Terrestris Veritas had labelled this piece as somewhat experimental, and he wasn’t sure where it would fit. We’re likely to call it a fantasy monologue featuring a livid God and his private thoughts. A reflection upon our society, ‘Diaries of the Gods’ lends itself to this month’s theme light – if only in a small sense. A light above the world, or below it, Gods and Goddesses will peer into the lives of men and women. Terra’s piece gazes upon such atrocities and documents them. If you enjoyed this short piece of fiction, you might like some of Terra’s other work, including but not limited to, ‘Race‘ and ‘The Servant‘. 

The Dawn Song

Written by Lilith

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Dawn rises, dispelling the mist. Image // James Jordan

There is a place forgotten and lonely,
Guarded by dark angels only,
Where now a loving child named Dawn,
Seeks to bring about the morn,

She has reached these lands but newly
From a classroom most unruly,
Strange forces have brought her here,
To this darkened land of fear.

Bottomless vales and boundless floods,
And chasms, and caves, and half-dead woods;
With shadows that no man can spy,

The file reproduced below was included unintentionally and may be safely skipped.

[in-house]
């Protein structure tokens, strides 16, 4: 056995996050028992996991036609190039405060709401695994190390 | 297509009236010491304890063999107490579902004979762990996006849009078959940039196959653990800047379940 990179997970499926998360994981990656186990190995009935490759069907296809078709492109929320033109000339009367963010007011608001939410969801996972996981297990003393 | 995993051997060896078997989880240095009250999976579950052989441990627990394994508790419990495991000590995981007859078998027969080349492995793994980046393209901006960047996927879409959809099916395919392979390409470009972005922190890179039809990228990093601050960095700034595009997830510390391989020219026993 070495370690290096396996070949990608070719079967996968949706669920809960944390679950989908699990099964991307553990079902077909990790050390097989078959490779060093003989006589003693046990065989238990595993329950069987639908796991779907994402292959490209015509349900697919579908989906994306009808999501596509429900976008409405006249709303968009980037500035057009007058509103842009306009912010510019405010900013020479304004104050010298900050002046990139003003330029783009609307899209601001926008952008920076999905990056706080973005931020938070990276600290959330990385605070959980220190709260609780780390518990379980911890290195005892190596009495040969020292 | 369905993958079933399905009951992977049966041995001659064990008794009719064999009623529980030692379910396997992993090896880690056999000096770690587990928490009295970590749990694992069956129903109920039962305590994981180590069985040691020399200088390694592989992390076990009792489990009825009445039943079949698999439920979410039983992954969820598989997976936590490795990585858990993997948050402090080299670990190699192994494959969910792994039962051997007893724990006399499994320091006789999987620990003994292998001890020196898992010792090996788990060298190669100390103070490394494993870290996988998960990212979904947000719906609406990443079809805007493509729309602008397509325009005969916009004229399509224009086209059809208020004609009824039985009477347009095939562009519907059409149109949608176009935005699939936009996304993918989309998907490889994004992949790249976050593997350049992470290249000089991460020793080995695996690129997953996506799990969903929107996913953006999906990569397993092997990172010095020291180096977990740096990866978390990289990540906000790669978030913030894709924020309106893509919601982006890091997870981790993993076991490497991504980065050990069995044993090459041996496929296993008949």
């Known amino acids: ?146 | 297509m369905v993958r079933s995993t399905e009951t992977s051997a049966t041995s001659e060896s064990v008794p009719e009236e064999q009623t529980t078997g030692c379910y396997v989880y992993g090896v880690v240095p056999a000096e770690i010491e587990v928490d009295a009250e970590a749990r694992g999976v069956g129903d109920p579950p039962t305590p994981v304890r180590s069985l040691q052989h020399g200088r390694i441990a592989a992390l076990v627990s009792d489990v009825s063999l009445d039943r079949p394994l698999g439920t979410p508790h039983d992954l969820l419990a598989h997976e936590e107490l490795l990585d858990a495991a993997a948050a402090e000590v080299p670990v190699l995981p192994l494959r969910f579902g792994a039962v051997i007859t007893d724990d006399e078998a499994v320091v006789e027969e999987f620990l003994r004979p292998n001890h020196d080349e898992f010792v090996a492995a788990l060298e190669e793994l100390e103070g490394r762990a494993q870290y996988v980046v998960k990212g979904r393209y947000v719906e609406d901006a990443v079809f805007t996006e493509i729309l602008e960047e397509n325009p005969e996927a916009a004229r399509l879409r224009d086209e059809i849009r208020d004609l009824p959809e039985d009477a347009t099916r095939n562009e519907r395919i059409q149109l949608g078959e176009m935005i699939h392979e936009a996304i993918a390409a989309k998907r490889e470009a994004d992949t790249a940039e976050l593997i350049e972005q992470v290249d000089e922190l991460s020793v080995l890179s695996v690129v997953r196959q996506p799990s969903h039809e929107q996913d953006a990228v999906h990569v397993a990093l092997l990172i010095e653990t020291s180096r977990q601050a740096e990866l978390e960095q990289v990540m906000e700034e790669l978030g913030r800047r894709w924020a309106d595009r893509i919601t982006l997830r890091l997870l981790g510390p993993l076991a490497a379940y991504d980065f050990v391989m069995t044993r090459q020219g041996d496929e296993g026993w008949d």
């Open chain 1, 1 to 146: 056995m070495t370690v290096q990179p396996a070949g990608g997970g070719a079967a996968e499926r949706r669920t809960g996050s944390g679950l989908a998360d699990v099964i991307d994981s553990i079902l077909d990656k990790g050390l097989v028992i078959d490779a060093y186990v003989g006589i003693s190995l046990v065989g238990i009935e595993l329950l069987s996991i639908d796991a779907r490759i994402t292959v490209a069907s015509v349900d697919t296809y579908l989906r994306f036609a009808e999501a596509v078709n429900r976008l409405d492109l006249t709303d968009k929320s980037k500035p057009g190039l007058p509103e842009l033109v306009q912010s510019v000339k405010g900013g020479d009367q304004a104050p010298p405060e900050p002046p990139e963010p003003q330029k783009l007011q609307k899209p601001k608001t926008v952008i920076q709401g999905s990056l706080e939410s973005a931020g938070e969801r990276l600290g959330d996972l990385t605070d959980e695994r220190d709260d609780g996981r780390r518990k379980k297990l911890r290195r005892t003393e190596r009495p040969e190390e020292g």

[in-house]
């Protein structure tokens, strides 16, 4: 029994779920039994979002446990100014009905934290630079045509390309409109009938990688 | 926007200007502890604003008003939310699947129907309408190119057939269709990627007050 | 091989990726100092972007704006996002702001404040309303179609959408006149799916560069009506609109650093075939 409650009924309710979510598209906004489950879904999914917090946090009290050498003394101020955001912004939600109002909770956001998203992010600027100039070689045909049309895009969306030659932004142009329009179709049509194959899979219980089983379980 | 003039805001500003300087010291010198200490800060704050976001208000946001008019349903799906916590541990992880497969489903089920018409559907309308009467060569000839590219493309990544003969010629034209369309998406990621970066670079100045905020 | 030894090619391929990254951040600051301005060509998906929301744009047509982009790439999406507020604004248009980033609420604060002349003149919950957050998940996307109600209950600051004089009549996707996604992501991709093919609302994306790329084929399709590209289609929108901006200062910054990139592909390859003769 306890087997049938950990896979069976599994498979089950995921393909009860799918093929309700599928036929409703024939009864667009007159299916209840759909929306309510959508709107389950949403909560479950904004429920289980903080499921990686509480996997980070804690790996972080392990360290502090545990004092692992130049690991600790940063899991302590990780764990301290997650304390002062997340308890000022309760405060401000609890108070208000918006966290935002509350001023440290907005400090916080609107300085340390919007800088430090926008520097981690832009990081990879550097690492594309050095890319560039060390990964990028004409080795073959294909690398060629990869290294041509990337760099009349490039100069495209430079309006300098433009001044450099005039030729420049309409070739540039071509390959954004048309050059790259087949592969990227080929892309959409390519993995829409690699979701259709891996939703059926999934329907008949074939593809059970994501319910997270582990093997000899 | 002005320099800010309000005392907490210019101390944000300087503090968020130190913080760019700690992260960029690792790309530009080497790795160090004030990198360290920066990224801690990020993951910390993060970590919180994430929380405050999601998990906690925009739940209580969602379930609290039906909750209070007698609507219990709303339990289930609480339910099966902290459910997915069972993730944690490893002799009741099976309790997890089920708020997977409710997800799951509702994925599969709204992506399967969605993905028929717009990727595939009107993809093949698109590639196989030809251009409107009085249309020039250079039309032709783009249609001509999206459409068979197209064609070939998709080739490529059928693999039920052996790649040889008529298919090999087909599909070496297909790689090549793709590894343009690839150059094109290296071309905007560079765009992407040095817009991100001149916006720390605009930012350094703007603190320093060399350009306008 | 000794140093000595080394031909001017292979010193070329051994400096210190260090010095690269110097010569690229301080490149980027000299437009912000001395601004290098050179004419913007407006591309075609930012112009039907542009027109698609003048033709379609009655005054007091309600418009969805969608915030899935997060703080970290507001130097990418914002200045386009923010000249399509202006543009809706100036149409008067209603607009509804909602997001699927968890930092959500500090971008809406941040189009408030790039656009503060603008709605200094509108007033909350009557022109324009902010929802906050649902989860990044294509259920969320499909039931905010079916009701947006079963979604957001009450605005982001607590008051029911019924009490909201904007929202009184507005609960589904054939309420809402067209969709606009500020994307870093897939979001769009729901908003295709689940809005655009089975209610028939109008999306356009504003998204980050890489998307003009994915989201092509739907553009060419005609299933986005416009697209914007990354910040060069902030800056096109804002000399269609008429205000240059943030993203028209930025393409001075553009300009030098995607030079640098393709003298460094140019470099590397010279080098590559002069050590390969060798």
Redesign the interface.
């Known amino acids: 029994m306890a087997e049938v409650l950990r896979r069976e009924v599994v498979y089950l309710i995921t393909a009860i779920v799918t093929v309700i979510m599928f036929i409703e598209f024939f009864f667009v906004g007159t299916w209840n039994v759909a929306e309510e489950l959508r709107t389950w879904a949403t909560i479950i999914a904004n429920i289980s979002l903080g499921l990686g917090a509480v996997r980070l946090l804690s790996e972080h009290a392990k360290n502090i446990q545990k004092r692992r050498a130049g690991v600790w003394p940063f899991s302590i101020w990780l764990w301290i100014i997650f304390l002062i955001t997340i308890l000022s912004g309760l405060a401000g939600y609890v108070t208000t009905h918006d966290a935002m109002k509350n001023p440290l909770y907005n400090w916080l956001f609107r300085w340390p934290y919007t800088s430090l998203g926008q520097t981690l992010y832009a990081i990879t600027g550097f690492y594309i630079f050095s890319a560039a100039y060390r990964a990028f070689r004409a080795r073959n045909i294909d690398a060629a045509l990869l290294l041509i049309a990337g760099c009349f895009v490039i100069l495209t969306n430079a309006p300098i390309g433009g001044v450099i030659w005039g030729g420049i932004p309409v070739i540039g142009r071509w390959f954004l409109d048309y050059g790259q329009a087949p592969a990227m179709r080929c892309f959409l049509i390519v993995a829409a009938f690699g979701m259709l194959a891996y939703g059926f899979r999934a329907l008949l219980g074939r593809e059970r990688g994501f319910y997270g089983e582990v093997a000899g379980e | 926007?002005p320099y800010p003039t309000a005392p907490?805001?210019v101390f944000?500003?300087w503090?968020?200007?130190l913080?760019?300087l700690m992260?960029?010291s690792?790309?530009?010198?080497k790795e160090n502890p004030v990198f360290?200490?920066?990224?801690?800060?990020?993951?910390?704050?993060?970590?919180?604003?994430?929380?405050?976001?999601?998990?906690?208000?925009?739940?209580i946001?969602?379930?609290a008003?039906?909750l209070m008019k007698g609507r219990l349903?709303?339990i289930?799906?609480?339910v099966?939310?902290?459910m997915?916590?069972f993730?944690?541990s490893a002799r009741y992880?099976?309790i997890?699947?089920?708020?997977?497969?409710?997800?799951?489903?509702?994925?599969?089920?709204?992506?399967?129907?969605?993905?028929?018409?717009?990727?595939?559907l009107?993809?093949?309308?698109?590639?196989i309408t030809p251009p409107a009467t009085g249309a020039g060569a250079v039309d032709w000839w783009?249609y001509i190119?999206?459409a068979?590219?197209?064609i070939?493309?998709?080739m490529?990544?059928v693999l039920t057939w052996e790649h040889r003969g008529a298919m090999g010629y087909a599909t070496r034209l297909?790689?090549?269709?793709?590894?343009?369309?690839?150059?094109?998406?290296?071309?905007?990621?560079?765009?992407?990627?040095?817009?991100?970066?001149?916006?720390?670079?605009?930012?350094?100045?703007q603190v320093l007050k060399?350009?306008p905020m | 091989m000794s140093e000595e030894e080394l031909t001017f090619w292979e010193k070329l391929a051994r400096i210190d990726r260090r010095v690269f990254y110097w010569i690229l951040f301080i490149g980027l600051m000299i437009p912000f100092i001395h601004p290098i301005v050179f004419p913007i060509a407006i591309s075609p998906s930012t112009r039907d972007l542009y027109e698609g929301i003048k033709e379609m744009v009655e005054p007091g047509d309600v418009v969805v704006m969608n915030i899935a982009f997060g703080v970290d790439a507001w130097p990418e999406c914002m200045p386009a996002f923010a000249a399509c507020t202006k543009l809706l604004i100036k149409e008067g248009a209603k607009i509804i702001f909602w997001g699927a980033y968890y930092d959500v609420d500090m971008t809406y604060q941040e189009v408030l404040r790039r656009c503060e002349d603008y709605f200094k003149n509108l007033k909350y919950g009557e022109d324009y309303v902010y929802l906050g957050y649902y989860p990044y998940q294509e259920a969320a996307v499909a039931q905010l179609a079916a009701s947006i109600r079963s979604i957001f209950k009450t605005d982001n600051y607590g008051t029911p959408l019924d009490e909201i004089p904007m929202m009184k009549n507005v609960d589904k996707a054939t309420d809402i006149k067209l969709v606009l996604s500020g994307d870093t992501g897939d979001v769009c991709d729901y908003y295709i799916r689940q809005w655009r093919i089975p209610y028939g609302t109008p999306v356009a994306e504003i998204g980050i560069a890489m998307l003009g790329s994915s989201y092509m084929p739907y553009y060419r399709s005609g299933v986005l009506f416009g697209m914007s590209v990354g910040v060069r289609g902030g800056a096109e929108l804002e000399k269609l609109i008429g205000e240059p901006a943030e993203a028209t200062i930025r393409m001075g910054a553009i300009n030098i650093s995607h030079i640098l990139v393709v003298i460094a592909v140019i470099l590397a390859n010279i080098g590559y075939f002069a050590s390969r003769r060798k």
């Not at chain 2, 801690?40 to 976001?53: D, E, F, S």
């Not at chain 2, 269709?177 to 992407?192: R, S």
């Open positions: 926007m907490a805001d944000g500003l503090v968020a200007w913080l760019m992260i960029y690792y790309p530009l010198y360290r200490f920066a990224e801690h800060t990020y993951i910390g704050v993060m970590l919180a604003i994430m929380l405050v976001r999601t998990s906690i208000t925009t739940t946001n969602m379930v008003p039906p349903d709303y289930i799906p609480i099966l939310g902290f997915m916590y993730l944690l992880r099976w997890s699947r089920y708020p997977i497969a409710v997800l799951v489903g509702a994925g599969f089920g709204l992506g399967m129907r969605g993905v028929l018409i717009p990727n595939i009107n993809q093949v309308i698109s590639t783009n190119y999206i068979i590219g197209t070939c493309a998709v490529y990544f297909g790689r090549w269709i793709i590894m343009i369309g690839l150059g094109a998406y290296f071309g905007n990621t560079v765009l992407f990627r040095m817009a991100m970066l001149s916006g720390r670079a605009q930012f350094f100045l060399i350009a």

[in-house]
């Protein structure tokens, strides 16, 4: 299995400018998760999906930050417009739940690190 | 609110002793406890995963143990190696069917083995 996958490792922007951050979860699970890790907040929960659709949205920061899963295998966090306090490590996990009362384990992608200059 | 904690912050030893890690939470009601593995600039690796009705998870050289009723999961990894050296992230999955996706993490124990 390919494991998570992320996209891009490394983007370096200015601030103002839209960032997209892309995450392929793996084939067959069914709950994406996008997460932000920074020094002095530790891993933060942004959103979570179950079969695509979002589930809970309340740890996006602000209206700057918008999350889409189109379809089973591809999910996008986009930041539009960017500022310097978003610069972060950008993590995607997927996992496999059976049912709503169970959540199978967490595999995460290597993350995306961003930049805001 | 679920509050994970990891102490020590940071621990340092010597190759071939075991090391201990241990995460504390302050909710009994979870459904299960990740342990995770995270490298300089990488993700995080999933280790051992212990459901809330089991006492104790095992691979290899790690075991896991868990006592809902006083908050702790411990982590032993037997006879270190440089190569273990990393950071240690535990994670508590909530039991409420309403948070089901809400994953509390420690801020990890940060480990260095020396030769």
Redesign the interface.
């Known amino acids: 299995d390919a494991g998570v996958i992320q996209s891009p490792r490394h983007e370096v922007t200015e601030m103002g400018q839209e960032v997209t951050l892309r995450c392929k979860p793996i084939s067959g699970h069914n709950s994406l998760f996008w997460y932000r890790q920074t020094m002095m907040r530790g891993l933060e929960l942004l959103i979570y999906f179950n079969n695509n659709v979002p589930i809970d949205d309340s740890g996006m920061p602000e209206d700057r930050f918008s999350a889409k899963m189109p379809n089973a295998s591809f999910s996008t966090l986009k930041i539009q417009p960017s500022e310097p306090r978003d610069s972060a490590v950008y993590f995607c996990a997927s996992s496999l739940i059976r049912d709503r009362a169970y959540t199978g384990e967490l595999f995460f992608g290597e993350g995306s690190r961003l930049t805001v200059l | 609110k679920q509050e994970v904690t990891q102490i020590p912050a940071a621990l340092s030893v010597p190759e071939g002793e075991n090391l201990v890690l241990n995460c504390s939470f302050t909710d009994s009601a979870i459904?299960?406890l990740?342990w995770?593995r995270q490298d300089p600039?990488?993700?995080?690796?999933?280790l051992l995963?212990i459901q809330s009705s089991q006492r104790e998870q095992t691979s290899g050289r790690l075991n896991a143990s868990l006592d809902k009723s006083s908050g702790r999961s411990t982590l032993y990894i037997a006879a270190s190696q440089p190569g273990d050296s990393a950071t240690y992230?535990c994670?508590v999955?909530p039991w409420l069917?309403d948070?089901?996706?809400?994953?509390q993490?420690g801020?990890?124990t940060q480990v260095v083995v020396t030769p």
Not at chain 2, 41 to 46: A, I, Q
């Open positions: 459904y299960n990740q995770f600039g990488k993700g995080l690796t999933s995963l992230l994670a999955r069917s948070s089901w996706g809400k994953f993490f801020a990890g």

Hidden from the human eye.

Mountains toppling evermore
Into seas without a shore;
Seas that restlessly aspire,
Surging, unto skies of fire.

Lakes endlessly outspread,
Their dark grey waters – lone and dead.
Such depths are still and cold,
And haunted – by the ghosts of old.

By the lakes that hide the dead,
This young girl does dare to tread,
Singing stories of the sun,
Tales of blue sky, and summer fun.

By the mountains – near the seas
The ghostly murmurs haunt the breeze,
Murmuring lowly, murmuring ever,
Their haunting voices; wintry weather.

By the mountains dances Dawn,
Singing out her song of morn,
By the grey woods she brings light,
Beginning as End of Darkest Night.

By the dismal streams and pools,
No more the voices of the Ghouls,
But an Angel’s sweet Dawn song,
Ending the Night of Ages long.

The Dawn Song ends; the sun is high
And shining brightly in the sky,
And Dawn? She wanders home at last
Forgetting at once what has passed.

Never its mysteries are exposed
To the weak human eye unclosed;
And thus this land forgotten stays,
But basks today in summer rays.